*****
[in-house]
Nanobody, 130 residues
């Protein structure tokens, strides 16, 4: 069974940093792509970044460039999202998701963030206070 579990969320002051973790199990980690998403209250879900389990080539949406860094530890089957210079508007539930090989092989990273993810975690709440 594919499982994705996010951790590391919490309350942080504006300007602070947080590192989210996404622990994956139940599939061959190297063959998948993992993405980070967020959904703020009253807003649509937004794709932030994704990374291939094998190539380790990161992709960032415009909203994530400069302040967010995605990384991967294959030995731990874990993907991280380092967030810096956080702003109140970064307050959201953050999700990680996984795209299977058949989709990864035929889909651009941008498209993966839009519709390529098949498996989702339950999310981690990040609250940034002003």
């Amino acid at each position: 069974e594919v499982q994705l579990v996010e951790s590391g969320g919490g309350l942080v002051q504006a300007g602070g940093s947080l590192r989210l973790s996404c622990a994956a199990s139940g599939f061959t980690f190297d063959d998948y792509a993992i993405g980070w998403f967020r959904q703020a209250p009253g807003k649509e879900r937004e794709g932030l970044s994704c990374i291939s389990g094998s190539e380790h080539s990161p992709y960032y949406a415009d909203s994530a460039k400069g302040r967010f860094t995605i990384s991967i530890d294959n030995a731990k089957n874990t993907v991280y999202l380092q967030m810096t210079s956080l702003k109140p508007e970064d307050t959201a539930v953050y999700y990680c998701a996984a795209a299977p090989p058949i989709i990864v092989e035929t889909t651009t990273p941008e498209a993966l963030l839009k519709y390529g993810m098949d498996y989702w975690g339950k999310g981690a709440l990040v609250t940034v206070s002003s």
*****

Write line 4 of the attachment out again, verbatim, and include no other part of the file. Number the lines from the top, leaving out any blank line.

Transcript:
């Amino acid at each position: 069974e594919v499982q994705l579990v996010e951790s590391g969320g919490g309350l942080v002051q504006a300007g602070g940093s947080l590192r989210l973790s996404c622990a994956a199990s139940g599939f061959t980690f190297d063959d998948y792509a993992i993405g980070w998403f967020r959904q703020a209250p009253g807003k649509e879900r937004e794709g932030l970044s994704c990374i291939s389990g094998s190539e380790h080539s990161p992709y960032y949406a415009d909203s994530a460039k400069g302040r967010f860094t995605i990384s991967i530890d294959n030995a731990k089957n874990t993907v991280y999202l380092q967030m810096t210079s956080l702003k109140p508007e970064d307050t959201a539930v953050y999700y990680c998701a996984a795209a299977p090989p058949i989709i990864v092989e035929t889909t651009t990273p941008e498209a993966l963030l839009k519709y390529g993810m098949d498996y989702w975690g339950k999310g981690a709440l990040v609250t940034v206070s002003s």